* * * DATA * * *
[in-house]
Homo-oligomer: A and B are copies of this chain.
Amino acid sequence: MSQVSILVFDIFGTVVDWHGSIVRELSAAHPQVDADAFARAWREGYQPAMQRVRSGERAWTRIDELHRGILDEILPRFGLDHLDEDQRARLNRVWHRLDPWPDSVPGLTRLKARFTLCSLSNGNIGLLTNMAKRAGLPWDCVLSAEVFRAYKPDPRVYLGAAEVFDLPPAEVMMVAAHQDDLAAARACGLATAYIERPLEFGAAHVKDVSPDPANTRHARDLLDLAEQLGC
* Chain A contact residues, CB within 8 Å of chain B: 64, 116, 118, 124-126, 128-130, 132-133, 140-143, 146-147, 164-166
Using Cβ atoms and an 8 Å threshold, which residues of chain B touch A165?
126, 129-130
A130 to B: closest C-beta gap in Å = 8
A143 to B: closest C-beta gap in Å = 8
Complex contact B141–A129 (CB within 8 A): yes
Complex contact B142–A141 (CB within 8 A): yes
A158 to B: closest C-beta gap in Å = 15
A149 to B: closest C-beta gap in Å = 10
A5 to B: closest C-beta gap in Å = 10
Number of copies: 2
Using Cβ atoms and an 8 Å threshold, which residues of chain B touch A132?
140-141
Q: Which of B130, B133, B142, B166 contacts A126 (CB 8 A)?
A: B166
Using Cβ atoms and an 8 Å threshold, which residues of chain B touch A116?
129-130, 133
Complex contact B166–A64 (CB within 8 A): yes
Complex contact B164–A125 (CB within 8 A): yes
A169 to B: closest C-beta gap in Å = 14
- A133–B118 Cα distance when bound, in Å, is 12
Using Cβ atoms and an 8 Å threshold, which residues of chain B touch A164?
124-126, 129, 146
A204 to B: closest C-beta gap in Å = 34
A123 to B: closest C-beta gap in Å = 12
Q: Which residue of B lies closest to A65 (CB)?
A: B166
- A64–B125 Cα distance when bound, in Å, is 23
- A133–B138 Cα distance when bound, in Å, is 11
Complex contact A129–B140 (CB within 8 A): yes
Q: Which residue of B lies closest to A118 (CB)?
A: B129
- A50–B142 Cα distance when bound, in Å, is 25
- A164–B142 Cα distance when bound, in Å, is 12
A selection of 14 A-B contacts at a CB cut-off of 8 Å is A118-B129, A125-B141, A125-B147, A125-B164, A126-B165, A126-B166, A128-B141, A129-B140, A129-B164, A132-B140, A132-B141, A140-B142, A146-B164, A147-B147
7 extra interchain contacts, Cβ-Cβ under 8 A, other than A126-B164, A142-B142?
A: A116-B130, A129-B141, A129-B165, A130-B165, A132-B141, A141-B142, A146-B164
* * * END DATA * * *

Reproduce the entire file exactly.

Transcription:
[in-house]
Homo-oligomer: A and B are copies of this chain.
Amino acid sequence: MSQVSILVFDIFGTVVDWHGSIVRELSAAHPQVDADAFARAWREGYQPAMQRVRSGERAWTRIDELHRGILDEILPRFGLDHLDEDQRARLNRVWHRLDPWPDSVPGLTRLKARFTLCSLSNGNIGLLTNMAKRAGLPWDCVLSAEVFRAYKPDPRVYLGAAEVFDLPPAEVMMVAAHQDDLAAARACGLATAYIERPLEFGAAHVKDVSPDPANTRHARDLLDLAEQLGC
* Chain A contact residues, CB within 8 Å of chain B: 64, 116, 118, 124-126, 128-130, 132-133, 140-143, 146-147, 164-166
Using Cβ atoms and an 8 Å threshold, which residues of chain B touch A165?
126, 129-130
A130 to B: closest C-beta gap in Å = 8
A143 to B: closest C-beta gap in Å = 8
Complex contact B141–A129 (CB within 8 A): yes
Complex contact B142–A141 (CB within 8 A): yes
A158 to B: closest C-beta gap in Å = 15
A149 to B: closest C-beta gap in Å = 10
A5 to B: closest C-beta gap in Å = 10
Number of copies: 2
Using Cβ atoms and an 8 Å threshold, which residues of chain B touch A132?
140-141
Q: Which of B130, B133, B142, B166 contacts A126 (CB 8 A)?
A: B166
Using Cβ atoms and an 8 Å threshold, which residues of chain B touch A116?
129-130, 133
Complex contact B166–A64 (CB within 8 A): yes
Complex contact B164–A125 (CB within 8 A): yes
A169 to B: closest C-beta gap in Å = 14
- A133–B118 Cα distance when bound, in Å, is 12
Using Cβ atoms and an 8 Å threshold, which residues of chain B touch A164?
124-126, 129, 146
A204 to B: closest C-beta gap in Å = 34
A123 to B: closest C-beta gap in Å = 12
Q: Which residue of B lies closest to A65 (CB)?
A: B166
- A64–B125 Cα distance when bound, in Å, is 23
- A133–B138 Cα distance when bound, in Å, is 11
Complex contact A129–B140 (CB within 8 A): yes
Q: Which residue of B lies closest to A118 (CB)?
A: B129
- A50–B142 Cα distance when bound, in Å, is 25
- A164–B142 Cα distance when bound, in Å, is 12
A selection of 14 A-B contacts at a CB cut-off of 8 Å is A118-B129, A125-B141, A125-B147, A125-B164, A126-B165, A126-B166, A128-B141, A129-B140, A129-B164, A132-B140, A132-B141, A140-B142, A146-B164, A147-B147
7 extra interchain contacts, Cβ-Cβ under 8 A, other than A126-B164, A142-B142?
A: A116-B130, A129-B141, A129-B165, A130-B165, A132-B141, A141-B142, A146-B164